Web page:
OneEnergy withdraws Sunnee Bee Solar project near East New Market

Bob Zimberoff
Posted 3/30/17

EAST NEW MARKET — For now, the sun has set on the OneEnergy Sunnee Bee solar-panel project near East New Market. An application before the Dorchester County Board of Appeals was withdrawn.

The …

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OneEnergy withdraws Sunnee Bee Solar project near East New Market


EAST NEW MARKET — For now, the sun has set on the OneEnergy Sunnee Bee solar-panel project near East New Market. An application before the Dorchester County Board of Appeals was withdrawn.

The project was proposed for 400 acres owned by Kimberlee and Blair Bisker near town limits along Md. Route 392, Linkwood Road, Richardson Road, and two scenic byways that pass through the area. Representatives from OneEnergy, based in Seattle, made two presentations before the board of appeals in January and February. The group sought two special exceptions and a variance from the board.

After both meetings ran from 7 p.m. to roughly 10 p.m., they were continued to later dates. The two meetings were also packed with a standing-room-only crowd. Many of the people in the crowd were members of the North Dorchester Neighborhood Coalition who oppose the project.

In response to public outcry, the Dorchester County Council intervened. On Feb. 22, OneEnergy representatives emailed a payment in lieu of taxes proposal to Council President Ricky Travers and Jeremy Goldman, county manager, one day before the Feb. 23 board of appeals meeting. The PILOT was estimated to pay $2.3 million across a 20-to-30-year lease. Solar panels become inefficient after roughly 25 years of use. On March 7, the county council voted unanimously to reject the PILOT.

Also, the council recently introduced legislation that would tax utility-scale solar projects. If the bill is enacted, the tax would make solar facilities less profitable, but would be coupled with incentives to steer the location of future solar projects. Because the Maryland Public Service Commission can preempt local decisions relating to power generation, the tax would help to maintain county control.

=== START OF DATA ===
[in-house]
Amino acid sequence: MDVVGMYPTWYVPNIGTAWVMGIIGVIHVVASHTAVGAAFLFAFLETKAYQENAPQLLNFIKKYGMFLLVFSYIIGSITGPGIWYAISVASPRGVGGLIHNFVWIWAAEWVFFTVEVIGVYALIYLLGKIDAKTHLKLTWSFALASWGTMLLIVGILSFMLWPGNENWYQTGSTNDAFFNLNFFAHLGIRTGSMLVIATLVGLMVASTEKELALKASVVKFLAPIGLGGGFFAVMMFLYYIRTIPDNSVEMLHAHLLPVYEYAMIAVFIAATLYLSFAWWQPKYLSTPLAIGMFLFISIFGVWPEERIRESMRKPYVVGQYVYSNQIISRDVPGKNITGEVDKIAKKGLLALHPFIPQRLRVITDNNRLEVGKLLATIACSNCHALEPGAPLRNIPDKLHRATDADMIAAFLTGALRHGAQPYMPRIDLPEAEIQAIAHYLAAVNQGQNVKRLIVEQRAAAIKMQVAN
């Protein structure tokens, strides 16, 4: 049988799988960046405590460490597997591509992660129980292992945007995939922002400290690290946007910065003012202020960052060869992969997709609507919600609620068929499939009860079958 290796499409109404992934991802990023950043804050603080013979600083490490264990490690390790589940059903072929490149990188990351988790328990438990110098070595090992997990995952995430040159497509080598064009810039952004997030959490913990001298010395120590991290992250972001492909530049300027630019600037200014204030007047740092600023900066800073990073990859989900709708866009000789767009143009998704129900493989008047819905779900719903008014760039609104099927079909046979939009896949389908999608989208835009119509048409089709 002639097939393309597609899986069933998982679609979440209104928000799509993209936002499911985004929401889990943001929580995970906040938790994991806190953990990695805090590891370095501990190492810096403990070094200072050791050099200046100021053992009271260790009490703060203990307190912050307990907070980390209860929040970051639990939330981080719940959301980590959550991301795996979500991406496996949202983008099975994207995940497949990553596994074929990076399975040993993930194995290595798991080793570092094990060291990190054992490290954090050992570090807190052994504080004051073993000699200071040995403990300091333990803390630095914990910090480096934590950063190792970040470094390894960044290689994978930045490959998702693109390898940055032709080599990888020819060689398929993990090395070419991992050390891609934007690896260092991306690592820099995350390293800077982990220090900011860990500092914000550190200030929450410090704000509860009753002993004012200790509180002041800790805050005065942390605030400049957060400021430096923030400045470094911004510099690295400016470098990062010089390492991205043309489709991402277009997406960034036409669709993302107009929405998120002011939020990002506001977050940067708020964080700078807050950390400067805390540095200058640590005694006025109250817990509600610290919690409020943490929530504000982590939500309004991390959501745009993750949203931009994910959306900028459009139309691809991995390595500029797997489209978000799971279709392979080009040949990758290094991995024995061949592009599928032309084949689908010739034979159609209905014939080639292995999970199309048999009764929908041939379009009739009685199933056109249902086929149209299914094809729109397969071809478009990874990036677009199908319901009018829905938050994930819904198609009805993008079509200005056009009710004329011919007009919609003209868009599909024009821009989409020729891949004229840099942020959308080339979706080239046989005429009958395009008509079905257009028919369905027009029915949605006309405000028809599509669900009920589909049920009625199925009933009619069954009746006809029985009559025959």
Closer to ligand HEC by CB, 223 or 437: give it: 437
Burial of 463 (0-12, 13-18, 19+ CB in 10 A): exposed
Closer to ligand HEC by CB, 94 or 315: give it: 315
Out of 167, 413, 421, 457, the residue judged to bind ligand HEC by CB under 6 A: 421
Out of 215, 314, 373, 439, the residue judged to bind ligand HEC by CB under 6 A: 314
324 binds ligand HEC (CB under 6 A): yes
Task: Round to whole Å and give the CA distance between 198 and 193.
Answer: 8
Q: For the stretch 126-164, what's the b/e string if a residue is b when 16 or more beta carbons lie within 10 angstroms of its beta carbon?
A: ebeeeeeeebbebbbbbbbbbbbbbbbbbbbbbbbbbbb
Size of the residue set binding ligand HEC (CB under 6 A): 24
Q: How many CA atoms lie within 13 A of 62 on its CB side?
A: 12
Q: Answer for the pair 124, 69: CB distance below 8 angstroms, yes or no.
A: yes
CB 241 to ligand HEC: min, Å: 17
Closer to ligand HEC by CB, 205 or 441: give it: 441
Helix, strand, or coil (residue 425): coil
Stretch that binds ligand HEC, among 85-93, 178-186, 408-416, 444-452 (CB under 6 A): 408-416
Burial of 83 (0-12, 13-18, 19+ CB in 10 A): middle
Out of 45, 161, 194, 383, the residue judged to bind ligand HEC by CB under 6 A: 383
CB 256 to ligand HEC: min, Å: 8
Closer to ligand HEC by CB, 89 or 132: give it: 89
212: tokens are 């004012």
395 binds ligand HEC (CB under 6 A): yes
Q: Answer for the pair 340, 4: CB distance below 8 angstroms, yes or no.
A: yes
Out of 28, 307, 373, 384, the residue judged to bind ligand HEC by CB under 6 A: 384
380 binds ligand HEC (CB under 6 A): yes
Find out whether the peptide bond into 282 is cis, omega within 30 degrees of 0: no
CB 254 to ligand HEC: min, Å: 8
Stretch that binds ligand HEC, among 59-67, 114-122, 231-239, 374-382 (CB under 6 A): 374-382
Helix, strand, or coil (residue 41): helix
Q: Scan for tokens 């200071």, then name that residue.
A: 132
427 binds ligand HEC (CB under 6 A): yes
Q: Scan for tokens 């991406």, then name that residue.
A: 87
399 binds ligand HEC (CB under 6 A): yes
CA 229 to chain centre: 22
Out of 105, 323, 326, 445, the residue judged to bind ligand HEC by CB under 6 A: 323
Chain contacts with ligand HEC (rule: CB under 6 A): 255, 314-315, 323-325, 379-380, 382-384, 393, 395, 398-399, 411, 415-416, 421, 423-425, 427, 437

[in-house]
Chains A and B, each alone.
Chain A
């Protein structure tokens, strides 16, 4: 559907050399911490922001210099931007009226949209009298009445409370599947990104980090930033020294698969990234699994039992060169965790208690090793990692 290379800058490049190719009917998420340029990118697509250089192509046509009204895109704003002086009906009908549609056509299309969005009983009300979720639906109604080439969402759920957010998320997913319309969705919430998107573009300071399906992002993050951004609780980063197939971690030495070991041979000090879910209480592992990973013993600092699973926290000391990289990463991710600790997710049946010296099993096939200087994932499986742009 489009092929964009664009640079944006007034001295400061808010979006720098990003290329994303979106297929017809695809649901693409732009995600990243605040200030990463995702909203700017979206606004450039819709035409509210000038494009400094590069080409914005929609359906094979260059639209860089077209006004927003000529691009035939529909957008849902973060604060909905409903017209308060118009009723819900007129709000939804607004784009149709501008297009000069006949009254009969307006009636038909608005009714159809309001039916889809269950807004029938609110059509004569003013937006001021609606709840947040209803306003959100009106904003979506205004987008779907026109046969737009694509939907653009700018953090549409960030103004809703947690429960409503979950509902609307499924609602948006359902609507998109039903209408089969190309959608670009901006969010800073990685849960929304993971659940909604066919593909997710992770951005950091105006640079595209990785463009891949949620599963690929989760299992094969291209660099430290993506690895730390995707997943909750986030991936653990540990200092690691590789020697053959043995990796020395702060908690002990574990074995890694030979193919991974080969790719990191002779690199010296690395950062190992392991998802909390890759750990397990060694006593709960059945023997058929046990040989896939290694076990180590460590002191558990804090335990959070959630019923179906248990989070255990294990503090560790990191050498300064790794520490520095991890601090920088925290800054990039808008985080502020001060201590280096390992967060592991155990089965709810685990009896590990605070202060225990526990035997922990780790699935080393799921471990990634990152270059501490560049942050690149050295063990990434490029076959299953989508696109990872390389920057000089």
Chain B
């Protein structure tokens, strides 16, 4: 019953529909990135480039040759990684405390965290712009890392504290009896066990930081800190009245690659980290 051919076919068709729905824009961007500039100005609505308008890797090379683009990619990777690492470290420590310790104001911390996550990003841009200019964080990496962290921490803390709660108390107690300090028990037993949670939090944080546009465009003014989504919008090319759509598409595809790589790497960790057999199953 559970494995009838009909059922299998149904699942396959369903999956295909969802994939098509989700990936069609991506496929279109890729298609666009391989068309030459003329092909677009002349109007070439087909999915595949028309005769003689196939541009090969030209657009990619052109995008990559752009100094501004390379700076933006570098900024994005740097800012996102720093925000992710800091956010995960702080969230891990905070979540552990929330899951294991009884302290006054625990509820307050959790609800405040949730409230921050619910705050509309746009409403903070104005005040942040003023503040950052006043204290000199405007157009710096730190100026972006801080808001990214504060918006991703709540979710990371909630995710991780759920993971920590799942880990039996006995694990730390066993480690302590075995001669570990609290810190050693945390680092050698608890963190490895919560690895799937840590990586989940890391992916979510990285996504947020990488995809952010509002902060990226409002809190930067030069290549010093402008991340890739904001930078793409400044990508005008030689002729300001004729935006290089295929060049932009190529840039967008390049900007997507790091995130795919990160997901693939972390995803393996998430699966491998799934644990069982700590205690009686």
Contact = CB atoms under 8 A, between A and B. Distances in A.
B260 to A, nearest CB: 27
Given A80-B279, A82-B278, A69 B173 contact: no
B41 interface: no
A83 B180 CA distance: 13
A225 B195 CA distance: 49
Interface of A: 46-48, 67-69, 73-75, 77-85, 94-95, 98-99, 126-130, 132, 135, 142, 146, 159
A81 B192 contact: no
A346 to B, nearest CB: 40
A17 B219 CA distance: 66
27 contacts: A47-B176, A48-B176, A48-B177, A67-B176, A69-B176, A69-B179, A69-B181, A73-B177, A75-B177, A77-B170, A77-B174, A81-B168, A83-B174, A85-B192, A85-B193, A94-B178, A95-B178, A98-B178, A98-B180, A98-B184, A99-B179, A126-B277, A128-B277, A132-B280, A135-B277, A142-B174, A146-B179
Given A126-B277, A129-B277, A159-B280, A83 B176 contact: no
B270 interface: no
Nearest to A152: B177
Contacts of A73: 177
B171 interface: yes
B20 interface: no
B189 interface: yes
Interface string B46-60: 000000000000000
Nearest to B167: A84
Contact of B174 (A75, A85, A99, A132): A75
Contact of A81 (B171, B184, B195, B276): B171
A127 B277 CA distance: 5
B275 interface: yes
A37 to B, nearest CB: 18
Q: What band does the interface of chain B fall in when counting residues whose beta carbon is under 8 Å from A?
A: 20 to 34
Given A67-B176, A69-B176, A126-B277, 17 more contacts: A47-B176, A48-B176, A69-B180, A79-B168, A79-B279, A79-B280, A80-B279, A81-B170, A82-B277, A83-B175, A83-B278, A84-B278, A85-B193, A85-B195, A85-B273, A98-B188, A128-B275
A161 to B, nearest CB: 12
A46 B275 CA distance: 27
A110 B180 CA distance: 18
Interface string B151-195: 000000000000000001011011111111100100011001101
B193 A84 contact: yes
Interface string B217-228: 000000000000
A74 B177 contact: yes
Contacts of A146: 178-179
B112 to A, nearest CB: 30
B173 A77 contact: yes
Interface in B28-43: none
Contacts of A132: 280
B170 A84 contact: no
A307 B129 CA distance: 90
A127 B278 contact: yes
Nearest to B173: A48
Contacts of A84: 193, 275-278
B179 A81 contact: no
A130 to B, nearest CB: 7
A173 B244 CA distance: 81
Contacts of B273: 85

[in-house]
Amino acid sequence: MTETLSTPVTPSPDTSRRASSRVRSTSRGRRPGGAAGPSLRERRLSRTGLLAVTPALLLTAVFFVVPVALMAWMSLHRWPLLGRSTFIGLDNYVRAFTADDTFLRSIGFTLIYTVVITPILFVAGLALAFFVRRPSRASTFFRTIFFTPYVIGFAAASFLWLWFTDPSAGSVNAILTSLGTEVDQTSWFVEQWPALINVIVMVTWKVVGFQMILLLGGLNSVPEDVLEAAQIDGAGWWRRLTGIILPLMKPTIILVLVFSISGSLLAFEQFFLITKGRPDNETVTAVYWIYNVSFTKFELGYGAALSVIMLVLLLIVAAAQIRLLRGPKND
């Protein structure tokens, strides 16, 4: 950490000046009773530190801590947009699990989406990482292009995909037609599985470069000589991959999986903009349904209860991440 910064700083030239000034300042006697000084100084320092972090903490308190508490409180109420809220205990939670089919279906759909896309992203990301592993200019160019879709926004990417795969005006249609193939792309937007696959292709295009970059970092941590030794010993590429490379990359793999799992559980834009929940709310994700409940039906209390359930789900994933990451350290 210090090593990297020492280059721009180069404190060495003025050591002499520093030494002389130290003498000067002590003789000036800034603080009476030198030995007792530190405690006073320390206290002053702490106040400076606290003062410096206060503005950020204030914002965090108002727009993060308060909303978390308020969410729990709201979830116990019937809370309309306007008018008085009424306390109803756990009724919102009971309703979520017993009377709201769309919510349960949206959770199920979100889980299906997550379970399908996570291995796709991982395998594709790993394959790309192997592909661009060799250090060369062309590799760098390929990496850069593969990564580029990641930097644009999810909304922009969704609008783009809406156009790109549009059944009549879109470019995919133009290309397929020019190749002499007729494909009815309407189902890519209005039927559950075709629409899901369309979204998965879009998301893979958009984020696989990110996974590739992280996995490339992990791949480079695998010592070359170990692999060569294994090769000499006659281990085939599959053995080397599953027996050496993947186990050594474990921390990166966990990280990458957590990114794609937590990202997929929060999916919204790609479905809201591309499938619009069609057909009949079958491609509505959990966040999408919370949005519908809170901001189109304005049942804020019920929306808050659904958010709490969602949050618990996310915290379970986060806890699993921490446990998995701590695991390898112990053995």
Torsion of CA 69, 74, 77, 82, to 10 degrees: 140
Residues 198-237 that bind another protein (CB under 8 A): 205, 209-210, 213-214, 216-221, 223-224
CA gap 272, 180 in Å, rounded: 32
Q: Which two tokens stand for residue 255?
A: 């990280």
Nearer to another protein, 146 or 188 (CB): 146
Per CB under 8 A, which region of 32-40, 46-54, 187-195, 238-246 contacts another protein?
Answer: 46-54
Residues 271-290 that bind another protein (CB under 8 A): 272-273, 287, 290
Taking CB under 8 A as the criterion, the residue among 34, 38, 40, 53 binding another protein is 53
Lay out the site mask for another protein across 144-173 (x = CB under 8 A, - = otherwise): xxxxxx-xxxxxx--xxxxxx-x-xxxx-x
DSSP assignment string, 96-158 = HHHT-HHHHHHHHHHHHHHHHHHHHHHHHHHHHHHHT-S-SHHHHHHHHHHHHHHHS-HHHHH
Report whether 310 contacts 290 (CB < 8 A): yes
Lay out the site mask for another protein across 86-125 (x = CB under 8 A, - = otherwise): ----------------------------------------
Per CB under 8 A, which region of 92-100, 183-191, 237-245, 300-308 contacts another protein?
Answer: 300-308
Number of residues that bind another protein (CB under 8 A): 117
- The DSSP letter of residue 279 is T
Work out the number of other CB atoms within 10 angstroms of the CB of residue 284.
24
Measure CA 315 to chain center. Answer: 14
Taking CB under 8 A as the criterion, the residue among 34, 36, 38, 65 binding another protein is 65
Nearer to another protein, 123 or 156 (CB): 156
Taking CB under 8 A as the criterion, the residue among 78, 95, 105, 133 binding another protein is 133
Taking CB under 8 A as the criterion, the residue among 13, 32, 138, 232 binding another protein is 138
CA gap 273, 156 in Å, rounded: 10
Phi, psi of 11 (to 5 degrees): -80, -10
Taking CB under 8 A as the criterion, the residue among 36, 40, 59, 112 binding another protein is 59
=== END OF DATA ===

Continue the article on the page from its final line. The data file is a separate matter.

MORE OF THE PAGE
Representing OneEnergy, Attorney Ryan Showalter submitted a letter Tuesday to Catherine McCulley, chairperson of the board of appeals.

The letter states, “The Board’s record in this matter contains a Payment In Lieu of Taxes or ‘PILOT’ proposal that Sunnee Bee Solar submitted to the County the afternoon of February 22, 2017. The County Council rejected the proposal without discussion, feedback or negotiation and promptly thereafter introduced Bill No. 2017-2, which would impose County personal property taxes on equipment used for the generation of electricity at fifty percent of its value. The imposition of such a tax compromises the economic viability of the project to such an extent that continued effort without re-evaluation of the economics and efficiencies of the project would neither be a prudent use (of) Sunnee Bee Solar’s resources, nor a fair imposition on the time of the County staff, legal counsel, Board members, and concerned members of the public, who presumably would participate in the hearing scheduled for April 13th.”

The letter also states that OneEnergy remains interested in the Sunnee Bee project and in Dorchester County in general. Mr. Travers received the letter Tuesday by email.

“The bill is already steering these projects and it’s not even been approved yet,” Mr. Travers said Tuesday afternoon. He said OneEnergy is, “going to have to adhere to what the community wants. ... This is government at work.”

A public hearing on Bill No. 2017-2 will be held this coming Tuesday during the regular meeting of the county council. Assuming the public accepts the bill, the council will vote on whether or not to enact the legislation.

Councilman Rick Price has heard many concerns from his constituents about utility-scale solar projects in the county. During the March 21 council meeting, he moved to place a moratorium on such projects in the north county. His proposal was voted down because other councilmen were concerned that the moratorium might lead to costly lawsuits in the future. Also, the PSC’s ability to override local decisions could make a moratorium ineffective.

Mr. Price also said that the council is working to update the county’s comprehensive plan, and utility-scale solar projects need to be addressed in the new plan.

“I’m glad to see this happen, this withdrawal of the application,” Mr. Price said Wednesday, “in response to concerns I heard from people in the community and the farming community. … They’re stakeholders and they deserve to be heard. They see some changes happening that they’re not comfortable with in regard to their quality of life.”

Mr. Price said he commends members of the North Dorchester Neighborhood Coalition for their activism, and hopes that they continue to pay attention to local issues.

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